Advice limiting the use of the AstraZeneca vaccine in younger Australians would likely be overturned if there was a significant coronavirus outbreak.
Expert vaccine advisers to the federal government have told The Sunday Age and Sun-Herald that Australia’s near elimination of coronavirus was central to its decision to preference the Pfizer vaccine for those aged under 50.
But they warned this outlook could change.
The Australian Technical Advisory Group on Immunisation warned it was still a possibility that COVID-19 could leak into the community and cause death and disease, despite Australia’s strict border controls.
Leading epidemiologist Jodie McVernon said the low rate of coronavirus in Australia was the reason experts had chosen a more cautious approach to the UK, which is still giving the green light to AstraZeneca vaccinations for anyone aged 30 and over.
Director of Doherty Epidemiology, Professor Jodie McVernon.Credit:Simon Schluter
“If you’re in the UK right now, if you’re in France, or Italy, or the United States, where there are raging epidemics, your risks of COVID and your risk of severe outcomes of COVID are very different,” said Professor McVernon, director of Doherty Epidemiology and an invited expert to the federal government’s vaccine advisory group.
While cases of COVID-19 in the UK have fallen dramatically this year, the country is still reporting about 3000 new cases each day and dozens of deaths, meaning British health experts came to a different conclusion when weighing the importance of a link to a rare but dangerous clotting syndrome.
The thrombosis with thrombocytopenia syndrome is estimated to affect four to six people in every million who receive the AstraZeneca vaccination.
Professor McVernon said she had no doubt if there was a “major incursion” of coronavirus and uncontrolled community transmission in Australia, the local advice on the AstraZeneca vaccine would be reassessed.
“The committees, ATAGI and everyone else would be back to the drawing board and reassessing that risk-benefit equation,” she said.
This view has been backed by ATAGI executive team member Kristine Macartney, who warned that while there were many tools to control the pandemic, “control is always precarious”.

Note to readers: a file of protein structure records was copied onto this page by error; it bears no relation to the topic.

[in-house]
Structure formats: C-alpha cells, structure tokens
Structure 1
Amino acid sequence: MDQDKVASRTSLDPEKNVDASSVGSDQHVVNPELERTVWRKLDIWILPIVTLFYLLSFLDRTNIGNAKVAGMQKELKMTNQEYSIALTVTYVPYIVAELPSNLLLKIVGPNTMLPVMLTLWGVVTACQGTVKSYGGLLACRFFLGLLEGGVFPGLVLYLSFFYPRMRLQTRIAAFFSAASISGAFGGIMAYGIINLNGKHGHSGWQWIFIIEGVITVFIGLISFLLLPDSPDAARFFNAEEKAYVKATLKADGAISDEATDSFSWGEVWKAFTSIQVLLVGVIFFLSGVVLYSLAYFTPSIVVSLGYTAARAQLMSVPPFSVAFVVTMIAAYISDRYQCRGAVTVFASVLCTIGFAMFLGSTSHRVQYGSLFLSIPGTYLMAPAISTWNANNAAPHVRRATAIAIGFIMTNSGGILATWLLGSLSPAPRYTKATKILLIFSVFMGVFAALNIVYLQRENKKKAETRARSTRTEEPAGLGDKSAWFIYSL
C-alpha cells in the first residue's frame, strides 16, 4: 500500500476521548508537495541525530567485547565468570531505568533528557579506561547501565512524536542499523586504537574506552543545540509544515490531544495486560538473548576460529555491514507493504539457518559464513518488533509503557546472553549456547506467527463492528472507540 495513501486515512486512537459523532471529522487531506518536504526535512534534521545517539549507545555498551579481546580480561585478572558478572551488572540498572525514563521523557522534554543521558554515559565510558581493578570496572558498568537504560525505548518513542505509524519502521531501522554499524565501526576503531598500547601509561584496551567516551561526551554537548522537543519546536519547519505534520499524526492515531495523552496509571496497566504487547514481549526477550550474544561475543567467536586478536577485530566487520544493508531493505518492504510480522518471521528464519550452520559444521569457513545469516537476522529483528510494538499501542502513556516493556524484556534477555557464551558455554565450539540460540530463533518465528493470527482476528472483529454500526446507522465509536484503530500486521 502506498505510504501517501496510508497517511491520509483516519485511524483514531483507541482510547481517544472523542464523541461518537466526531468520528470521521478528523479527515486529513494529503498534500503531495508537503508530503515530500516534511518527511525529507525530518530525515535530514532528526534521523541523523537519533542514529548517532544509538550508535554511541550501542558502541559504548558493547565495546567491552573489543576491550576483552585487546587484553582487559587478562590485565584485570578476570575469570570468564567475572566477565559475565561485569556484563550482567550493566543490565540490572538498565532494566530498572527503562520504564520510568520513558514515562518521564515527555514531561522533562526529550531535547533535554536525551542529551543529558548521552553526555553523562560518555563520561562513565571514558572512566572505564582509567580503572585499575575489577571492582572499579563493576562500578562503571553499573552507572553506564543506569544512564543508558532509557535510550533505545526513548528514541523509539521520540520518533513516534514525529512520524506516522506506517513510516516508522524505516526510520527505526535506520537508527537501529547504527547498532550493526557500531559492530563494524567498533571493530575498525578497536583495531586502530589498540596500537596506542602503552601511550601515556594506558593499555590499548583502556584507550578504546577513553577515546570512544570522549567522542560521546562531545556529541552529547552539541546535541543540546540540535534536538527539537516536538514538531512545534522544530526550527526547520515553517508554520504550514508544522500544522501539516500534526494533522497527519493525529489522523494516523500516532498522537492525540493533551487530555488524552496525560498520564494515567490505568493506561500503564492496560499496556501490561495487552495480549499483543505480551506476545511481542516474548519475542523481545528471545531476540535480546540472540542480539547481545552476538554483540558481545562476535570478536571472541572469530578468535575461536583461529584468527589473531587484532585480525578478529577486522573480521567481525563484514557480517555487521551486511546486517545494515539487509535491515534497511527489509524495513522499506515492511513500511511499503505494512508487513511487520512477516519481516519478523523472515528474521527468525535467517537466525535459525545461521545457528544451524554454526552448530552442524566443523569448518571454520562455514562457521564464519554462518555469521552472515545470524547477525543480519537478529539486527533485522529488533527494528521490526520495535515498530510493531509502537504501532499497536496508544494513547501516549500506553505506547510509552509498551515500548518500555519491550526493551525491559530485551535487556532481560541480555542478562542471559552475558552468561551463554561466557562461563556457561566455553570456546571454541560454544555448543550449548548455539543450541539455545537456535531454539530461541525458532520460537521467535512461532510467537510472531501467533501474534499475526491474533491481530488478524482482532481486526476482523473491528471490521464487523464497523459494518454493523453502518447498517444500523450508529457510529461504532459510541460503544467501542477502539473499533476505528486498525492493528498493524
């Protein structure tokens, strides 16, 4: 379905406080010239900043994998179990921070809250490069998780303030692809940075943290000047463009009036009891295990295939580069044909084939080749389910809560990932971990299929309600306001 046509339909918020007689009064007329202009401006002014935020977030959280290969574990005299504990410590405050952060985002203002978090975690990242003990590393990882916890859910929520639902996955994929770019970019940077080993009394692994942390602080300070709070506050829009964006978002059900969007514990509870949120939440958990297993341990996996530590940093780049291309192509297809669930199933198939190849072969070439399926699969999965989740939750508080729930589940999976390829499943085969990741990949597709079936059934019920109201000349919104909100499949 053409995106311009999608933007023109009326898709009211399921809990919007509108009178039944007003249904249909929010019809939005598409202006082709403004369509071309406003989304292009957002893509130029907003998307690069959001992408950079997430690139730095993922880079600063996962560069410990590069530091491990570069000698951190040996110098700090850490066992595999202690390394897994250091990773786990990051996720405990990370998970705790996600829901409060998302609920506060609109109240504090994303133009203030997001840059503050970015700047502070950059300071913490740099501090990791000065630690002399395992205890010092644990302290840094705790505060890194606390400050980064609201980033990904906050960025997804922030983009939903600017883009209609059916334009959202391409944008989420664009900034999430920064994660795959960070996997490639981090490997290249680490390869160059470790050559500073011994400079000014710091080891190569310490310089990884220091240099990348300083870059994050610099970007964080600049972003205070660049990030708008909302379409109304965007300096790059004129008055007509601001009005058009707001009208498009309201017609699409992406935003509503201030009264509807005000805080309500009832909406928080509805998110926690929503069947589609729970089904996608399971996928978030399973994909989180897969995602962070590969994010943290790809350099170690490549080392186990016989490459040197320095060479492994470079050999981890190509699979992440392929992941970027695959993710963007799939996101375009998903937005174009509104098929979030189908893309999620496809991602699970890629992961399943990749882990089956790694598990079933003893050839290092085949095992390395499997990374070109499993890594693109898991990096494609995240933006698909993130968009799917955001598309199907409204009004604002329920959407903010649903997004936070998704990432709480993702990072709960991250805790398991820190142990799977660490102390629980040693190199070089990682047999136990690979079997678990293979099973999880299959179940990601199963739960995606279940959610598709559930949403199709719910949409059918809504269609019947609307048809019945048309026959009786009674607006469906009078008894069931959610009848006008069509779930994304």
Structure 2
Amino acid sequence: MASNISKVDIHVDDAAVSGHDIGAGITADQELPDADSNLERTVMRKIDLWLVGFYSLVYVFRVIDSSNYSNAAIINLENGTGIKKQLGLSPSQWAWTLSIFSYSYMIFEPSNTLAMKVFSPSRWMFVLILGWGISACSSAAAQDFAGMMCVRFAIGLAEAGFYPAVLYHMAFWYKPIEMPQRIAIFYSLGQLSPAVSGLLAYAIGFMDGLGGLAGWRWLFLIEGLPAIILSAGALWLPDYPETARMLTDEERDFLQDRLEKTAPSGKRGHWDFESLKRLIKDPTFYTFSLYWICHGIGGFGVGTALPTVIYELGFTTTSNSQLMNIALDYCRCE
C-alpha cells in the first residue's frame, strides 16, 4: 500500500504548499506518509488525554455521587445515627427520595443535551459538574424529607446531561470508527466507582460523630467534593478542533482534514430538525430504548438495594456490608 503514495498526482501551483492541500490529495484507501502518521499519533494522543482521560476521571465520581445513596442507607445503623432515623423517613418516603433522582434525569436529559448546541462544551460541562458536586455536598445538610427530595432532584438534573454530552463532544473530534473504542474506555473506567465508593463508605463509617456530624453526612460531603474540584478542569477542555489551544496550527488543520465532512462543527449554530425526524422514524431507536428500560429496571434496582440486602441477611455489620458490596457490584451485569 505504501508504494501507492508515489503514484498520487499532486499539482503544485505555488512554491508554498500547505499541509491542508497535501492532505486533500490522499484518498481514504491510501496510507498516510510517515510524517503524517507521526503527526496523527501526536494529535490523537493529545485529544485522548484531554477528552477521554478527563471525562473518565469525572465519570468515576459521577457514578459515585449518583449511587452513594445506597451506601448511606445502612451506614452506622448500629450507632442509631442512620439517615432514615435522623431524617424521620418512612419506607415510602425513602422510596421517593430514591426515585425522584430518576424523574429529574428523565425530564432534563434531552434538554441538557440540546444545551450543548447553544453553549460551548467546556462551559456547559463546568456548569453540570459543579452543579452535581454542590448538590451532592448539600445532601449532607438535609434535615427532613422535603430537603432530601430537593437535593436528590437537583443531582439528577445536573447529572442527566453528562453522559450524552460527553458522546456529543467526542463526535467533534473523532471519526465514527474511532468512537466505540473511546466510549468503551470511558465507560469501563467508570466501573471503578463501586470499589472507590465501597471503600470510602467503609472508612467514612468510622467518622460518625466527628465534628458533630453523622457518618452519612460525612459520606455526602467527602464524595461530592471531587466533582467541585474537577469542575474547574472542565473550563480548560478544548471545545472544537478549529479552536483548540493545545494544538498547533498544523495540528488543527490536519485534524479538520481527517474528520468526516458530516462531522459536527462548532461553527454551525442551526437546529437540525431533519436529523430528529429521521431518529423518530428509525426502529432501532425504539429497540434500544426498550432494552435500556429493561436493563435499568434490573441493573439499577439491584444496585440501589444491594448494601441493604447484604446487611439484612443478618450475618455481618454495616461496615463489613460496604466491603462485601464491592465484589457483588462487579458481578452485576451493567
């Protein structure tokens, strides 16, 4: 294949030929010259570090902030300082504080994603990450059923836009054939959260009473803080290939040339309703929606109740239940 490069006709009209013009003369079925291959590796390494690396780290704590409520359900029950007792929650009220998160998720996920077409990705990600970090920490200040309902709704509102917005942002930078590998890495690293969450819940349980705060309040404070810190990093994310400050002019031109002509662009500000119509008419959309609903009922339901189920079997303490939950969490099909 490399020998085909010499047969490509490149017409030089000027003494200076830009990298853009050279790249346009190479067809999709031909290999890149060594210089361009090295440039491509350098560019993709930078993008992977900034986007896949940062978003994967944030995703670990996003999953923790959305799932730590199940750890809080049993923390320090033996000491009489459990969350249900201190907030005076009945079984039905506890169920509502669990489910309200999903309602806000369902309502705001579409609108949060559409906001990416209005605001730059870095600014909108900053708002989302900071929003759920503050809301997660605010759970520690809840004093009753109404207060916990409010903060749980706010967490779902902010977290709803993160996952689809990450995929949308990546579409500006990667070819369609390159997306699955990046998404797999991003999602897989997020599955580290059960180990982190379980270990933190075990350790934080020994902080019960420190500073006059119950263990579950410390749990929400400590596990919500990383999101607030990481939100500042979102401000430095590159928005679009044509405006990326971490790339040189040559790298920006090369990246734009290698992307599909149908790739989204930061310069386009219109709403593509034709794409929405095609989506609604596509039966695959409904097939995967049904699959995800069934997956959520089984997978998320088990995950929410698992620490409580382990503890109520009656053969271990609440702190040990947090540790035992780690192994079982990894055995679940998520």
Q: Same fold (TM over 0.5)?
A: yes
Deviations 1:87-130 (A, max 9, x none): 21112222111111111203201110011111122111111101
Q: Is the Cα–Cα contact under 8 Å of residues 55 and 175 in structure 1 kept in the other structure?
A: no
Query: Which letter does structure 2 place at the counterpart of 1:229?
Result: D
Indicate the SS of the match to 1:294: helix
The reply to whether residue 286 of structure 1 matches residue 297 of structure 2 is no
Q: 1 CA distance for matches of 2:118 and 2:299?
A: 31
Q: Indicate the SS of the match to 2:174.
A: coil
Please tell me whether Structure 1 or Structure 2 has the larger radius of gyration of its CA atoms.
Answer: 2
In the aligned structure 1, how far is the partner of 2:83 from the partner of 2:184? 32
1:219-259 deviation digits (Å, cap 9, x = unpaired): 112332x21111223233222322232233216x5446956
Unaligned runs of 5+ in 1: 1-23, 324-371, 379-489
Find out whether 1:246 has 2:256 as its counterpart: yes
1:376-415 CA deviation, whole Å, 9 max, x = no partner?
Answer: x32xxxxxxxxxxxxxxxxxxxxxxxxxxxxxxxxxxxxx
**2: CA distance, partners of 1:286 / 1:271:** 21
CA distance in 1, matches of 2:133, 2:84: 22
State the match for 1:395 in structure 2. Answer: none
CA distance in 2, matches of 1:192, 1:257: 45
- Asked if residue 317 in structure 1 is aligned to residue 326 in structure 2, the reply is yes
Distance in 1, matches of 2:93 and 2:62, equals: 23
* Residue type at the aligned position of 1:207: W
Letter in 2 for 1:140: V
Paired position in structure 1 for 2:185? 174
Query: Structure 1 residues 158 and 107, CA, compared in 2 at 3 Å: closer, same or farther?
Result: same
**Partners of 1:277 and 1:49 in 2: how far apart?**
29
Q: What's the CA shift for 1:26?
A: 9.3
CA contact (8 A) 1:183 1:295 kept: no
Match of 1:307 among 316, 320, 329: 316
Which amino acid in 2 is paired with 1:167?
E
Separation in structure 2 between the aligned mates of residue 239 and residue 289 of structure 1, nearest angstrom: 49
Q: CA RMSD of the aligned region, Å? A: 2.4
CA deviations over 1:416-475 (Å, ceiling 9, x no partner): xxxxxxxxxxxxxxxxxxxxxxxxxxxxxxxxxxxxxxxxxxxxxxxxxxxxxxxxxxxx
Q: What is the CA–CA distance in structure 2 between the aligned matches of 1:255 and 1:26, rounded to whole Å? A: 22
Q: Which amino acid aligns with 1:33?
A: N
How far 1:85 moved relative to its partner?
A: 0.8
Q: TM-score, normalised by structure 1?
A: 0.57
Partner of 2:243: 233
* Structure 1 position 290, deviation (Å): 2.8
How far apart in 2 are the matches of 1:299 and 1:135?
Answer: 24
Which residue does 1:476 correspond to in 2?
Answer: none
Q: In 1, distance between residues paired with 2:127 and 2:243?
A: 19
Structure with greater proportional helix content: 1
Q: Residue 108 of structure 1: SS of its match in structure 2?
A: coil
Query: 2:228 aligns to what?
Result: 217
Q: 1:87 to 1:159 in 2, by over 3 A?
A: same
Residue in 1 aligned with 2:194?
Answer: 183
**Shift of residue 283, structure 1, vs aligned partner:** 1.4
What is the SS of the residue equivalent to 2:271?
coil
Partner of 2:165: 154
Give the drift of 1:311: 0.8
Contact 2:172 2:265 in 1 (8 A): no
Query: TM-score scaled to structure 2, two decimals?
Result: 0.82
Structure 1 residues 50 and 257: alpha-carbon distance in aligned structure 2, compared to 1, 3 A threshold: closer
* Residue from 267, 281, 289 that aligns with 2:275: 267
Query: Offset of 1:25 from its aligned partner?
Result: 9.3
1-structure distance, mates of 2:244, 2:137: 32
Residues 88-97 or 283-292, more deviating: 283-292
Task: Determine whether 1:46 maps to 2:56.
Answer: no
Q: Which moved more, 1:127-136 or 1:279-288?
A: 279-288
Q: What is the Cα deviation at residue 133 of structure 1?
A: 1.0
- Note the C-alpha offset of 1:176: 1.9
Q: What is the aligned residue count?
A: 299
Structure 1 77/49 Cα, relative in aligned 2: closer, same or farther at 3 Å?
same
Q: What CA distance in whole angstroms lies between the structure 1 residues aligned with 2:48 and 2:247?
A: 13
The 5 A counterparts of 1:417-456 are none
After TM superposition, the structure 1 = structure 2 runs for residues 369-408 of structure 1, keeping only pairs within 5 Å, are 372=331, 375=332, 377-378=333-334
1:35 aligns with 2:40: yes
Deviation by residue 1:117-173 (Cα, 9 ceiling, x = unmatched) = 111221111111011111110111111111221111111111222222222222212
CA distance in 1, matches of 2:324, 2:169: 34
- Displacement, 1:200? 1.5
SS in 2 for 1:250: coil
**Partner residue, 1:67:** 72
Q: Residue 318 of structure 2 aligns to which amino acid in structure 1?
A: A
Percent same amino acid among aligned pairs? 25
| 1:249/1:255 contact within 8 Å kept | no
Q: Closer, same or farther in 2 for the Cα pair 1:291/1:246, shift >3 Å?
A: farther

“We would be signalling that the benefits [of the AstraZeneca vaccine] would certainly outweigh the risk if we were starting to see a big swing up in community-based transmission,” Professor Macartney said.
Epidemiologists have warned that vaccination of hotel quarantine workers would not entirely eliminate the threat of outbreaks in Australia.
University of South Australia professor Adrian Esterman said the biggest risk was the possibility of either the British or the South African variant breaking out in Australia.
“The South African variant really is quite nasty and current vaccines don’t work very well against it,” he said.
Asked what sized outbreak would result in a change of advice on the AstraZeneca vaccine in Australia, ATAGI co-chair Professor Allen Cheng said on Friday that the issue would be continually reassessed as new information emerged.
He said the rate of cases in the UK was comparable to the peak of Victoria’s second wave, when more than 700 daily cases were detected in the state, and he believed above that level the benefit of getting vaccinated with AstraZeneca “well and truly outweighs the risk”.
“At the moment in the UK, it’s probably a bit [of a lineball decision] in people over 30 but … even just going back one month, the benefit in preventing COVID was clearly on the side of getting vaccinated,” he said.
Professor Cheng said ATAGI’s decision to draw the line at preferring the Pfizer vaccine over AstraZeneca for those aged under 50 took into account the possibility of a coronavirus outbreak in Australia in the coming months or year.
The chance of people dying from coronavirus dramatically increases in older age. For example, almost 10 per cent of those aged in their 70s who got coronavirus in Australia died (159 of 1623 people). In comparison, two men in their 30s died out of 5228 cases in this age group.
Burnet Institute epidemiologist Mike Toole said it was important the virus was kept out of the community, and he called for a national quarantine protocol to be developed to bring in consistent standards of infection control.
“Then we don’t have to panic about the vaccine program,” he said. “But if we get another breach of quarantine, which will probably happen in Perth, Sydney or Brisbane, with a bit of bad luck that hotel worker could have a high viral load and variant and then spread it, rapidly.”
Get our Coronavirus Update newsletter
Stay across the news you need to know related to the pandemic. Sent Monday and Thursday. Sign up here.
Most Viewed in National
From our partners
Source: Read Full Article